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Fishing in the Rain: Control of Rain-Making and Aquatic Resources at a Previously Undescribed Rock Art Site in Highland Lesotho

Fishing in the Rain: Control of Rain-Making and Aquatic Resources at a Previously Undescribed... This paper describes a previously unrecorded rock art site in the highlands of Lesotho, southern Africa. It then explores the significance of the paintings at this site, which adds to the still small number of locations in the wider Maloti-Drakensberg region at which fishing scenes are depicted. Unusually, paintings of fish at this site are closely associated with that of a rain-animal and with other images, including dying eland and clapping and dancing human figures, that have clear shamanistic references. Drawing also on the local excavated archaeological record, we argue that these images may collectively refer to the power of Bushman shamans to harness and make rain, using that power to produce socially desirable benefits, including perhaps opportunities for group aggregation around seasonally restricted spawning runs of fish. http://www.deepdyve.com/assets/images/DeepDyve-Logo-lg.png Journal of African Archaeology Brill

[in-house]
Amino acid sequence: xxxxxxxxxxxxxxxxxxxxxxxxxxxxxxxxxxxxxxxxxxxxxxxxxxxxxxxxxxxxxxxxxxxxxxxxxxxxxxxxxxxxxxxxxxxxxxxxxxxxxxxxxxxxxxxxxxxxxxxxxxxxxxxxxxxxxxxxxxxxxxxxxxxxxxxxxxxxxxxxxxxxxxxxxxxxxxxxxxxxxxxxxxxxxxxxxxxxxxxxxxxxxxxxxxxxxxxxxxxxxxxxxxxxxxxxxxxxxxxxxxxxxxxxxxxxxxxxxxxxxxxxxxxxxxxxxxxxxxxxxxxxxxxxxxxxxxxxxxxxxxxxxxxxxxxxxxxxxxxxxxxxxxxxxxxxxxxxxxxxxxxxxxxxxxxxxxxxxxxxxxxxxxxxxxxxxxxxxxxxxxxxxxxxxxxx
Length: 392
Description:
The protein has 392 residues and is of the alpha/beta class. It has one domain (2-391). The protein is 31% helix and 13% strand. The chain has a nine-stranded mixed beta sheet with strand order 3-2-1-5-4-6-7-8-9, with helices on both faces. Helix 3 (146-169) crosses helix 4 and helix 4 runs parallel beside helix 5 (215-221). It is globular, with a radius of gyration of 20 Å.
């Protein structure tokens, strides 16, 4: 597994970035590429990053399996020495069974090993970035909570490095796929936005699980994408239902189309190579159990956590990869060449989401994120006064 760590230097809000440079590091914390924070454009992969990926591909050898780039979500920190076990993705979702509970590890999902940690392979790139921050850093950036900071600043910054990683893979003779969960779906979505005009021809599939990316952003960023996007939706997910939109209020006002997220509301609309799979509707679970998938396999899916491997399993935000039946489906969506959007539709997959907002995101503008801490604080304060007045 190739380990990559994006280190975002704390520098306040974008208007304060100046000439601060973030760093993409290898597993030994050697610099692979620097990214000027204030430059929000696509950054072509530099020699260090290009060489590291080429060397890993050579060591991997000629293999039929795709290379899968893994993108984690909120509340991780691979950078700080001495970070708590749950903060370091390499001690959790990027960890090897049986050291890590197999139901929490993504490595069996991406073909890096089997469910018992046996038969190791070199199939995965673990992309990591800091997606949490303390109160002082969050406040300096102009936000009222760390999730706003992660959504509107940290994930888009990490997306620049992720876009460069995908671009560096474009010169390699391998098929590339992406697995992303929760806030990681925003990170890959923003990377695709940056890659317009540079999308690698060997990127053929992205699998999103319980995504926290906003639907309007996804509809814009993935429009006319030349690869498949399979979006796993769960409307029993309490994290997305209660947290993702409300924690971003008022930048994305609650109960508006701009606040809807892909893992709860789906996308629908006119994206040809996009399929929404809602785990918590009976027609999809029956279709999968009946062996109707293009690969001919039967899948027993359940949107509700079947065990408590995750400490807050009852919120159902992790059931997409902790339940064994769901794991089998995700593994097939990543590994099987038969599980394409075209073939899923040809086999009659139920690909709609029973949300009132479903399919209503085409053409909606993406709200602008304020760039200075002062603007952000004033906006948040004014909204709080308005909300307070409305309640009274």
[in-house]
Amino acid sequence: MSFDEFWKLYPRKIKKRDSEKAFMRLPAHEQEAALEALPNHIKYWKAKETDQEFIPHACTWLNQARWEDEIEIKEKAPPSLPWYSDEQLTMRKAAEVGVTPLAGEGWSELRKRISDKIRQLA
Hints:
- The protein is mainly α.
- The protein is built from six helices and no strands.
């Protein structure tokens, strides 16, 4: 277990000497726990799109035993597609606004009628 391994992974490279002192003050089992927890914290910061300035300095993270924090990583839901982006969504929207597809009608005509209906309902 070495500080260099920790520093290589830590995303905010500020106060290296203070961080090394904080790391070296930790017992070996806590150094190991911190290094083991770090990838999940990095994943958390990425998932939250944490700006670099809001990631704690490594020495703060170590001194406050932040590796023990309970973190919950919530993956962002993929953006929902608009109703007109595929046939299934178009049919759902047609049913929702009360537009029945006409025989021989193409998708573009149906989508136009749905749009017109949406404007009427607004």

Fishing in the Rain: Control of Rain-Making and Aquatic Resources at a Previously Undescribed Rock Art Site in Highland Lesotho

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Publisher
Brill
Copyright
© Copyright 2008 by Koninklijke Brill NV, Leiden, The Netherlands
ISSN
1612-1651
eISSN
2191-5784
DOI
10.3213/1612-1651-10111
Publisher site
See Article on Publisher Site

Abstract

This paper describes a previously unrecorded rock art site in the highlands of Lesotho, southern Africa. It then explores the significance of the paintings at this site, which adds to the still small number of locations in the wider Maloti-Drakensberg region at which fishing scenes are depicted. Unusually, paintings of fish at this site are closely associated with that of a rain-animal and with other images, including dying eland and clapping and dancing human figures, that have clear shamanistic references. Drawing also on the local excavated archaeological record, we argue that these images may collectively refer to the power of Bushman shamans to harness and make rain, using that power to produce socially desirable benefits, including perhaps opportunities for group aggregation around seasonally restricted spawning runs of fish.

Journal

Journal of African ArchaeologyBrill

Published: Oct 25, 2008

Keywords: Bushman rock art; rainmaking; shamanism; fishing; Lesotho; Maloti-Drakensberg region

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